Reason # 9: Not using an editor: Nowadays it’s not difficult to find a book editor that has some knowledge and experience with the subject matter of your book. You can do it yourself, but do so with great caution.
Reason # 10: Not using a designer: The interior of the book can be very important for many non-fiction books. It’s not uncommon for non-fiction to have pictures, graphs, drawings, quotes, charts, glossary, index, etc. It’s not uncommon for non-fiction book-buyers to consider the interior as important as the cover in their buying decision.
Reason # 11: Wrong cover price: Spend lots of time on Amazon, and at a bookstore, looking at other books that are like yours. Especially looking at recently published books, and books that are actually selling. You’ll start to get a good idea of what your book can realistically sell for.
Reason # 12: Saturated genre: Of course, it depends on the particular genre. Some genres can easily absorb many new books. Some, not so much. A saturated genre means that you will need to be more adept and creative when it comes to how you write your book, design your cover, market your book, and use social media, etc.
Reason # 13: Weak self-promotion: There is nothing wrong, or inappropriate, with self-promotion. Self-promotion simply means that you get attention for yourself in ways that prove to your audience that you are an expert in your particular topic, or genre. This can be as simple as writing your blog, or publishing magazine articles, or becoming a guest on a news program.
Reason # 14: Wrong publisher: I’ve never dealt with a traditional publisher. So, all I can say here is that with a lot of research, you should be able minimize the problems you might encounter. It’s probably a good idea to email other authors that have chosen the same publishers that you are considering, and ask a lot of questions. And then find a good lawyer that has legal experience in the book publishing industry.
How I Gathered The Survey Results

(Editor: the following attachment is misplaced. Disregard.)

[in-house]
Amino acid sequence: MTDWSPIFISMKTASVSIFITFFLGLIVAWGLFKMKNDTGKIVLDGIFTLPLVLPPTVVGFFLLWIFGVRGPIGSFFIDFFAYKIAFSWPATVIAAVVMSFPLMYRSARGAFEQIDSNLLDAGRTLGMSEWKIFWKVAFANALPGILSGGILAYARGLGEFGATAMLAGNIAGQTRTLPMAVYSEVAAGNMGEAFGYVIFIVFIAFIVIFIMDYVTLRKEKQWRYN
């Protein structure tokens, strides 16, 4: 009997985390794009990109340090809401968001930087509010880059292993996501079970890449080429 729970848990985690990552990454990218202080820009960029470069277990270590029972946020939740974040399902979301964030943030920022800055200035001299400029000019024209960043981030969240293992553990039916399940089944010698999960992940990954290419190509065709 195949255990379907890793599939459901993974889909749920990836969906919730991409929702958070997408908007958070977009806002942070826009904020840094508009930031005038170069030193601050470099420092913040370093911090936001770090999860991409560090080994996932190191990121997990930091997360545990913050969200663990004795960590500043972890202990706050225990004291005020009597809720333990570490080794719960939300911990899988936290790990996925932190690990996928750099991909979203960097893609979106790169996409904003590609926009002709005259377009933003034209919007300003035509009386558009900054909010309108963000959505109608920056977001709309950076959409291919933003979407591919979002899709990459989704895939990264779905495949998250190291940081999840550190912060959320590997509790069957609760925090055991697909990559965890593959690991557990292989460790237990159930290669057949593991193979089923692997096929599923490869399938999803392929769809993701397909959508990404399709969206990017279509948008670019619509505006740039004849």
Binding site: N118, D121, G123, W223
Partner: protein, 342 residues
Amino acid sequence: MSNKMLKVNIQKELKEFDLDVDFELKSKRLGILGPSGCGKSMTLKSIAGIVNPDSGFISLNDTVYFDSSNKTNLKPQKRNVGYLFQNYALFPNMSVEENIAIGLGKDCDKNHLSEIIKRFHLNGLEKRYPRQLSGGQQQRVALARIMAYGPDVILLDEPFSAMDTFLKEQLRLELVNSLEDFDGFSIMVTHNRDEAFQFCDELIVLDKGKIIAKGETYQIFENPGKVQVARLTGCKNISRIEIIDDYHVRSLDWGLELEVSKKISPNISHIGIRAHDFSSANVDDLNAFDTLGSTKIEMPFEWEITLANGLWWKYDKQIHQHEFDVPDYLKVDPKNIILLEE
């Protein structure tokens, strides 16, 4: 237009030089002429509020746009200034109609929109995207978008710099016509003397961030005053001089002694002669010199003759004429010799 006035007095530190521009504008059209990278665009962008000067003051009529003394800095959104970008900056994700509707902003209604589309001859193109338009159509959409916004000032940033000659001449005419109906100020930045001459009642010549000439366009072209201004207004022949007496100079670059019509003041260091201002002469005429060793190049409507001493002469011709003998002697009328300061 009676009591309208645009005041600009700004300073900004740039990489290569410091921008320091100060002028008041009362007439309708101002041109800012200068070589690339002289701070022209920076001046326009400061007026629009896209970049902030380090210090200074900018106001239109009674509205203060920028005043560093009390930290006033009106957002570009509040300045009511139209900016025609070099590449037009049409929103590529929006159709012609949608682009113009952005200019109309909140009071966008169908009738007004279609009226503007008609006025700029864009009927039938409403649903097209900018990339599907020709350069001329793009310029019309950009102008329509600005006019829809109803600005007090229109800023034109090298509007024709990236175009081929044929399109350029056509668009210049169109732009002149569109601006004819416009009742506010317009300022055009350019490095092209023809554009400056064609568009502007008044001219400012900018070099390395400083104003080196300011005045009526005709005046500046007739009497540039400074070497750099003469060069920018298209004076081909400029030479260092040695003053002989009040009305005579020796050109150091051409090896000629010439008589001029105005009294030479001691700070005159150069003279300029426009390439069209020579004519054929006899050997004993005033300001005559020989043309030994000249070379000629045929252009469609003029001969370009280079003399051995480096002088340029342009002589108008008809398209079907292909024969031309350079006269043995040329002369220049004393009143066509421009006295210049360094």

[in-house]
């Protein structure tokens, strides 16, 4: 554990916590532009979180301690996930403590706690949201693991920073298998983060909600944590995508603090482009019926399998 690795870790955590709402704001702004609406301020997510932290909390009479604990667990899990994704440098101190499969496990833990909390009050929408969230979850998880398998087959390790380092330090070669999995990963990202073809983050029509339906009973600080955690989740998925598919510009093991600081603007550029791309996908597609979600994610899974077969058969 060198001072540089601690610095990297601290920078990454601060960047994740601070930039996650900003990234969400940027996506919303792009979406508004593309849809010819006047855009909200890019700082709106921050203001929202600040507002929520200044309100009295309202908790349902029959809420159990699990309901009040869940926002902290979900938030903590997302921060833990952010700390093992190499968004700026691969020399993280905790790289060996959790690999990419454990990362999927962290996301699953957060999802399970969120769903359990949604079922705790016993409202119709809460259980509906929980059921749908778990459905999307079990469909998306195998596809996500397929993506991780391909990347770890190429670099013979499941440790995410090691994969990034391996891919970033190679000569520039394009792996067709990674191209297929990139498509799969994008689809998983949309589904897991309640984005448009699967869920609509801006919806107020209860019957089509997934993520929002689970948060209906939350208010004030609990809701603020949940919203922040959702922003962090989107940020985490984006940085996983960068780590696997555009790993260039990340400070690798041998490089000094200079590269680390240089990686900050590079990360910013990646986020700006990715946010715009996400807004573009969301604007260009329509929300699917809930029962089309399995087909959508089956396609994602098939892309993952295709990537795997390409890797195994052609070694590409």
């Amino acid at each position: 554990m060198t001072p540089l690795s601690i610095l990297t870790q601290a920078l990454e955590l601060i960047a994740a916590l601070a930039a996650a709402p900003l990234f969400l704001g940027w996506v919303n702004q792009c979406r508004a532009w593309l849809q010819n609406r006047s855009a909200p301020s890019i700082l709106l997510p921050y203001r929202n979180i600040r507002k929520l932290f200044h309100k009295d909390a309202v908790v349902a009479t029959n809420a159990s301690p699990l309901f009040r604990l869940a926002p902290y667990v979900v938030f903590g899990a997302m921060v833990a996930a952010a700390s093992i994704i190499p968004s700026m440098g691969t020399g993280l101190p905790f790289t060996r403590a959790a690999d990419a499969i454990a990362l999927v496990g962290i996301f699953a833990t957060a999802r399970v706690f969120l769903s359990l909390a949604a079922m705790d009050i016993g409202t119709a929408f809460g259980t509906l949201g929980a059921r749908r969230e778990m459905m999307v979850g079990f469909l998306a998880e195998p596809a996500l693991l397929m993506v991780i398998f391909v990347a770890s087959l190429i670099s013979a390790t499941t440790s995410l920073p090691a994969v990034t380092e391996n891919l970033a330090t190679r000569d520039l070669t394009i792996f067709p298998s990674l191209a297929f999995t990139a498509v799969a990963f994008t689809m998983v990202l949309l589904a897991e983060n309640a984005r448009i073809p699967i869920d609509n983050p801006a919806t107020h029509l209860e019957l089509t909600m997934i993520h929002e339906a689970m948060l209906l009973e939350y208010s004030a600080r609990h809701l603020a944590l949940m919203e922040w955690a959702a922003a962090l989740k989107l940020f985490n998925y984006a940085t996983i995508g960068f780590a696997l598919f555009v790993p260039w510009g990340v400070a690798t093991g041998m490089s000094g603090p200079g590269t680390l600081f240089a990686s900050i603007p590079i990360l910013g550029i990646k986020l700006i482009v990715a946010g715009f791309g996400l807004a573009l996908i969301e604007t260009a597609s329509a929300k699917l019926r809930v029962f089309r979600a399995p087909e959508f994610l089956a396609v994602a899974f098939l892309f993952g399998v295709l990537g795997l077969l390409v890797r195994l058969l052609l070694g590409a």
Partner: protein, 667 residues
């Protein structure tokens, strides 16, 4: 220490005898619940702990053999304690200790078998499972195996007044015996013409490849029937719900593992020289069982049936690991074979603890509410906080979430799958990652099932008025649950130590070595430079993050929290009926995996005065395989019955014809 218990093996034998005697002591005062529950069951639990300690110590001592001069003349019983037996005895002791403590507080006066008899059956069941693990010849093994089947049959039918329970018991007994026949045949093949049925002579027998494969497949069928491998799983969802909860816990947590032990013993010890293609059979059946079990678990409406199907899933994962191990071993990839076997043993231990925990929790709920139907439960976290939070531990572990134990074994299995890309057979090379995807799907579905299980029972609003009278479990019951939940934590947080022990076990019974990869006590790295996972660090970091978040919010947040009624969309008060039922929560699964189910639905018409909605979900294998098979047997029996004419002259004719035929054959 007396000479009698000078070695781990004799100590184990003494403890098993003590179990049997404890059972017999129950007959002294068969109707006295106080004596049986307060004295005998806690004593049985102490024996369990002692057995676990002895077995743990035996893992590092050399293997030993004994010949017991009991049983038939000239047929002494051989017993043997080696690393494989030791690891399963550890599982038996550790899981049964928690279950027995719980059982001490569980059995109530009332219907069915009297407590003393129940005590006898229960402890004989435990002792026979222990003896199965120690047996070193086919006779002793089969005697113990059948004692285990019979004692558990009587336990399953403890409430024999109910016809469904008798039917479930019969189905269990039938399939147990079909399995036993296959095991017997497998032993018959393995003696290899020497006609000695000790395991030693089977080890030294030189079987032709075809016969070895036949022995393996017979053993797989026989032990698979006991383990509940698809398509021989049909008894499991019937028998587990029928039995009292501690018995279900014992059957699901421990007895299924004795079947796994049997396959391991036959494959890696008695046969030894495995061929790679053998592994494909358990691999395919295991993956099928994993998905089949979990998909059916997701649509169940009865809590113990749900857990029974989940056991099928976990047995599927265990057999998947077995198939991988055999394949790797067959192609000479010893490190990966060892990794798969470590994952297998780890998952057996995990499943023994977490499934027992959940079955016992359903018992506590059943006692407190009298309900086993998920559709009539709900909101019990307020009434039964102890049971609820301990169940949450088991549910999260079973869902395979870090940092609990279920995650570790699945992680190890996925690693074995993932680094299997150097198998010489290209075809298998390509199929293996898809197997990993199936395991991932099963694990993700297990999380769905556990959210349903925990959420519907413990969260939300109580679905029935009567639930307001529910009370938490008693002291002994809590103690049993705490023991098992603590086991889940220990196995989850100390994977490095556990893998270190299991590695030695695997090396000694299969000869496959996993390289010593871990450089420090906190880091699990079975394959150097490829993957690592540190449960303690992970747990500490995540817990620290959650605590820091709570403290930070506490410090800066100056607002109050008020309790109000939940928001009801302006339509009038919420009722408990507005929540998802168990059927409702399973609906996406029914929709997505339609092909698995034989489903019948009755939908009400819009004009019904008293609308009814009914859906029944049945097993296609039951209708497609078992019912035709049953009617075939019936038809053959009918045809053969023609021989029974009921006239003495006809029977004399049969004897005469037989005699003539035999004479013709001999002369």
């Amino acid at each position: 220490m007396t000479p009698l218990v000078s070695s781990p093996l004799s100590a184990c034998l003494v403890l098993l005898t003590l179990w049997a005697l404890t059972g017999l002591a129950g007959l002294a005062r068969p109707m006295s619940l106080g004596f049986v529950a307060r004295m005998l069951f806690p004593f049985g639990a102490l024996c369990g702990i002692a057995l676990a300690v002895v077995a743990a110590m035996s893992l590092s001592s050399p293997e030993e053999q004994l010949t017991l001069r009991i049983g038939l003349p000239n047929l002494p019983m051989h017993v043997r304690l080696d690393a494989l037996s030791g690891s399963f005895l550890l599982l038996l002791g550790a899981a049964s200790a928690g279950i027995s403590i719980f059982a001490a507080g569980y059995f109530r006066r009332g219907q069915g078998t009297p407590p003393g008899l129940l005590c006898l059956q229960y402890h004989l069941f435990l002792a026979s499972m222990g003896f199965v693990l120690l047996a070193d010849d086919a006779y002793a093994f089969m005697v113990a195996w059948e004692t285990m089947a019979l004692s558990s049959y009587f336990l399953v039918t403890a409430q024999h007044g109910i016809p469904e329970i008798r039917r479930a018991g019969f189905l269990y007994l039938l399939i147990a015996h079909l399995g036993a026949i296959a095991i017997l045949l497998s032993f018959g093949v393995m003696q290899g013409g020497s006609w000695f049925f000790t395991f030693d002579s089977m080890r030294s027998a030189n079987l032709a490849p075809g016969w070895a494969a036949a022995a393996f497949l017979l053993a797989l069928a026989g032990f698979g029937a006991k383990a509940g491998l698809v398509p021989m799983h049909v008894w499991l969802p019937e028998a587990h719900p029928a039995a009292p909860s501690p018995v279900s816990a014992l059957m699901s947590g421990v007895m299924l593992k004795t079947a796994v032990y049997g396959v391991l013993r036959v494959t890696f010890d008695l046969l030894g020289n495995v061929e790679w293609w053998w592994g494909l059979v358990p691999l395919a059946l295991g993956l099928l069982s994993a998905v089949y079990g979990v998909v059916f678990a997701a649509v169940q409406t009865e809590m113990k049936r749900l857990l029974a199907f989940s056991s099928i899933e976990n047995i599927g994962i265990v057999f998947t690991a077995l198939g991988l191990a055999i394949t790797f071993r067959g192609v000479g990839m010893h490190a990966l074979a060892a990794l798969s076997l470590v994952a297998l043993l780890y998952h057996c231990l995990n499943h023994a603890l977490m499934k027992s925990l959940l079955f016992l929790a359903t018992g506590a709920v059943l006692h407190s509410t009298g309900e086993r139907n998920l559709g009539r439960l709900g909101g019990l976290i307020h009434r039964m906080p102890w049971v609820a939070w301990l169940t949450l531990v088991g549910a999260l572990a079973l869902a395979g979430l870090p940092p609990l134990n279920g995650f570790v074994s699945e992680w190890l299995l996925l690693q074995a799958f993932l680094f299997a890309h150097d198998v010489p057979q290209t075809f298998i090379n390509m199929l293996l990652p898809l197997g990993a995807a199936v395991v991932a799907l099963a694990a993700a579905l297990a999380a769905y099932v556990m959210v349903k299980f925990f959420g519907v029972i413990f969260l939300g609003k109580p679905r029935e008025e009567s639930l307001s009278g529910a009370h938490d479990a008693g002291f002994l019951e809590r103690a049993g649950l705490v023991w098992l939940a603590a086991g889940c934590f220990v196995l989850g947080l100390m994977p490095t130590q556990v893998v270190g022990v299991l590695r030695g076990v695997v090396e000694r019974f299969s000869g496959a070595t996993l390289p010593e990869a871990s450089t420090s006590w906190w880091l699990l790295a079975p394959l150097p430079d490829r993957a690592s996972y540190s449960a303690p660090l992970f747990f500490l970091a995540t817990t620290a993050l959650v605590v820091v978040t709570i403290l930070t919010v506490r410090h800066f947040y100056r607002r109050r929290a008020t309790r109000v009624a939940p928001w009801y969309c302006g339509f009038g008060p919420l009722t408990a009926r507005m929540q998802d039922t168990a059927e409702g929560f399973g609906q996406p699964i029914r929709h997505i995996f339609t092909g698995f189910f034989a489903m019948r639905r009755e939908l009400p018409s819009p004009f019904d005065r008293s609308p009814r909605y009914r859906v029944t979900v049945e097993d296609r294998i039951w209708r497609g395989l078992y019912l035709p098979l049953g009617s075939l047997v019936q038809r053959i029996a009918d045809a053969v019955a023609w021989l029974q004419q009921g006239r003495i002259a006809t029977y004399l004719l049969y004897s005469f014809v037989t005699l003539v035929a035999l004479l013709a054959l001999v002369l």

These survey results are based on my discussions with 47 authors who have written and published at least two non-fiction books.
Their answers were based on:
1. Their own personal experiences;
2. Their knowledge of the book publishing industry, and;
3. Their own discussions with other non-fiction authors.
Those 14 reasons show you some of the most common mistakes, mis-steps, and errors that can slow you down from achieving a financial return and critical acclaim for you and your book. But, with hard work and research, some honest assessment of your own writing and book, and forcing yourself to make some hard decisions about your book, you can fix any of these problems. And, by doing so, you will be well on your way to creating a successful book that can help you achieve your personal and financial goals.
This list should also give you a new hope, and a renewed interest, in improving your book and increasing its sales. If you give up now, and don’t make the improvements, your book will remain a failure. I’m absolutely certain this isn’t an option for you. You wouldn’t have gotten into self-publishing if it was. If you’re here on my blog reading this, I know that you are just like me – very stubborn, and determined to be successful on many different levels.
Writing, self-publishing, sharing information, teaching others, is not some passing fancy. We were born to do it. We can’t stop doing it, because all of those things are built into us. All the better that we can make money doing it. Now get back to work and fix that book.
Questions For Us To Think About And Discuss
1. Please share some of the fixes that helped you improve your book’s sales.
2. Please share some realistic sales expectations for your book – before and after you posted it on Amazon.
Let me know in the comments section below.
— Joel Friedlander (@JFbookman) September 7, 2020
No market need likely means you aren't telling right audience why they need it: The Top Reasons Non-Fiction Books Do NOT Achieve Success https://t.co/ObU5mbGaus via @jckunzjr #bookmarketing #writingcommunity
— Linda Austin (@moonbridgebooks) January 30, 2020
— Bacon Press Books (@baconpressbooks) January 26, 2020
Hashtags: #selfpublishing #bookmarketing